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Researching violence, recovering responsibility

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Recently, the U.S. attorney general appointed members to the Violence Against Women in Indian Country Task Force. The primary purpose of the task force is to assist the National Institute of Justice to establish a research program focused on developing reliable information about violence against Native women including domestic violence, sexual assault, dating violence, stalking and murder.

The task force is required, according to Section 904 of Title IX of the Violence Against Women Act of 2005. The research program, National Baseline Study on Violence Against Indian Women, will investigate the effectiveness of federal, state and tribal responses to violence against women and will help develop proposals and recommendations to improve protection of American Indian women from violence. A second part of the research program will take the form of an injury study that will estimate incidences of injuries and costs of health care to Native women victims of domestic violence.

Members of the task force have been appointed with representation from members of national organizations, tribal governments and national tribal organizations. The task force was scheduled to hold its first meeting in Washington, D.C., Aug. 20, where it would hear ideas about how to conduct research in Indian country on domestic violence issues.

Domestic violence has become a very significant fact of life in American Indian communities. The establishment of the task force and research program about domestic violence toward American Indian women is a result of national activism by Native national organizations, tribal leaders and tribal community members.

There are some research reports about domestic violence in Indian country, but there is no systematic or reliable data for tribal communities. The recent report on domestic violence analyzed by Amnesty International was based on a mix of urban and reservation data, and does not provide systematic statistical support for understanding domestic violence incidences and actions within tribal communities.

More focused and systematic research needs to be conducted to gain a more complete understanding of the patterns of domestic violence within reservation communities. The need for greater attention and research on domestic violence against Native women is clear.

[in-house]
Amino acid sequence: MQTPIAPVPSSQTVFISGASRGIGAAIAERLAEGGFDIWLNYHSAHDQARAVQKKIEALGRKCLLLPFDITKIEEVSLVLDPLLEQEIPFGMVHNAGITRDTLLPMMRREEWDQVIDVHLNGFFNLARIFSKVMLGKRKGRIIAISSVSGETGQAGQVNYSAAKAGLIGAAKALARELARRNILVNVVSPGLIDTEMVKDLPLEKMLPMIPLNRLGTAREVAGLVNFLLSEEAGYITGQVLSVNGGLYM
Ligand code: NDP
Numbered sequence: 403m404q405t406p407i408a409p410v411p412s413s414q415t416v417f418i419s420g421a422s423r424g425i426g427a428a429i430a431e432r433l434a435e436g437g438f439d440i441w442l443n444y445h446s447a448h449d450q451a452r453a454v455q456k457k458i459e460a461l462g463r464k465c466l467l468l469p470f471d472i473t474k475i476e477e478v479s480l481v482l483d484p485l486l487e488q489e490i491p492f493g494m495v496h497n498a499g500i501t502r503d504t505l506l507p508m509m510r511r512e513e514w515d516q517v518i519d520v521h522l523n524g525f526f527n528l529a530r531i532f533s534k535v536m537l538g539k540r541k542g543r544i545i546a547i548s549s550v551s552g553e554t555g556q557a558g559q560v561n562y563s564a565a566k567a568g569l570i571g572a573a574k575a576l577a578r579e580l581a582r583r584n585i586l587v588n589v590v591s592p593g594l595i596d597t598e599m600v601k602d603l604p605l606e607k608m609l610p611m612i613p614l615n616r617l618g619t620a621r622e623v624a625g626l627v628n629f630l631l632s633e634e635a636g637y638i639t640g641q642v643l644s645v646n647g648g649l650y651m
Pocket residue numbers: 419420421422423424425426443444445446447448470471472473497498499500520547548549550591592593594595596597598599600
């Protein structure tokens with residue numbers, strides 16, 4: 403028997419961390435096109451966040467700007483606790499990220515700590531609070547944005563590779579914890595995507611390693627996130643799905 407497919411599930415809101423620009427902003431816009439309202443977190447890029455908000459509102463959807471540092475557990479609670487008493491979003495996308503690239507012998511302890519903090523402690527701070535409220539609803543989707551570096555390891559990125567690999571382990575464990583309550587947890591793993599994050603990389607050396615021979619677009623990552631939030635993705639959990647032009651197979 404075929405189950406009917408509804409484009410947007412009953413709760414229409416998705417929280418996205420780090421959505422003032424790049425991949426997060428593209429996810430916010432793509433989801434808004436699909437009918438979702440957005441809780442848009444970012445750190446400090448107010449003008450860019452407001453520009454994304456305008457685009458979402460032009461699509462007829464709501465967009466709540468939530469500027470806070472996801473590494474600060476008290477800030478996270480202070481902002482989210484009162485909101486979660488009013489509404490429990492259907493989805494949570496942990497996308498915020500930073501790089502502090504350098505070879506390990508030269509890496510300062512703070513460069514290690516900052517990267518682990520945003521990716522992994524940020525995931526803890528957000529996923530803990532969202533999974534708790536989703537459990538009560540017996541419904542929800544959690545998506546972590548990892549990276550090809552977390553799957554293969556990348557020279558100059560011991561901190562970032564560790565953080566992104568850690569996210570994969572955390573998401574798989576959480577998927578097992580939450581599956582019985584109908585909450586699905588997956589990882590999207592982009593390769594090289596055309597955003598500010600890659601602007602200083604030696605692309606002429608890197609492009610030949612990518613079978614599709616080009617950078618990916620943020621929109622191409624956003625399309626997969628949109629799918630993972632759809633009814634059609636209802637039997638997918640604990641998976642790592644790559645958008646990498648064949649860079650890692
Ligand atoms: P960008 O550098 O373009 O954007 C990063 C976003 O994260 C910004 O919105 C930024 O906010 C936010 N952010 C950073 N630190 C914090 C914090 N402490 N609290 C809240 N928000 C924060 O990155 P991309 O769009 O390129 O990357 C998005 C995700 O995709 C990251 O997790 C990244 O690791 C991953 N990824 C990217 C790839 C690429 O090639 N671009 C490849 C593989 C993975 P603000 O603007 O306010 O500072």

What kind of suggestions for research can be given? The task force and research program should be aware of the cultural, political and historical diversity of reservation communities. There is a tendency to reduce domestic violence in family or husband and wife relations, but some attention or consideration should be given to understanding the effects of poverty and political and cultural marginalization.

The research and literature on multiple generations of stress and trauma should be integrated into the research designs as a means of gaining some insight into the causes and conditions of domestic violence incidents and frequencies. The research should not strive only to establish frequencies of domestic violence, but also should make some conceptual and empirical progress for understanding the causes of domestic violence. Individuals must take responsibility for their actions; but the historical, cultural, political and psychological conditions of reservation communities will help provide some explanation for the frequency and incidences of domestic violence.

According to recent research, when reservation residents are asked, ‘What are the most significant criminal justice issues in your communities?’ they often respond that drug and alcohol abuse are the most difficult issues. In many cases, drug and alcohol abuse leads to domestic violence and child neglect, but not always. (See the recent report by the UCLA Native Nations Law and Policy Center.)

Much crime and violence in Indian country is committed when people are under the influence of drugs and alcohol. We need to understand why there is so much addiction in Indian country, and why addictions lead to crimes such as domestic violence.

A major puzzle for researchers and communities is that few Indian communities recount traditions of extensive domestic violence in their histories or cultures. So why is there so much domestic violence in contemporary times? Traditional tribal communities had ways for managing domestic violence situations.

The rules of divorce and women’s social power are well understood among the matrilineal nations of the Hopi and Iroquois. Women were protected by families and clans, and a woman divorced the man by putting his belongings outside the door. The women were supported economically and socially, and thus had considerable freedom and choice.

Where are the community and cultural institutions for protecting Native women from abuse in contemporary times? Contemporary police and courts do not provide adequate protection to Native women, while families did a much better job in traditional times. During the colonial period, police and courts took over the management of crime; and tribal social forms, including family rights and obligations, were officially ignored. Many tribal communities are currently working to recover tribal culture, but such recovery should not be restricted to ceremonies, dances and songs. It must include community and family responsibilities to protect children and women.

The contemporary problems of domestic abuse will not be solved by fine-tuning court and policy methods. Any full solution needs the observance of traditional tribal community, family rights and obligations to protect family members. Communities themselves must resolve and recover the means to protect families and women. In the contemporary world, courts, police and tribal families must work together to protect women and children. Without cooperation, protection will be insufficient.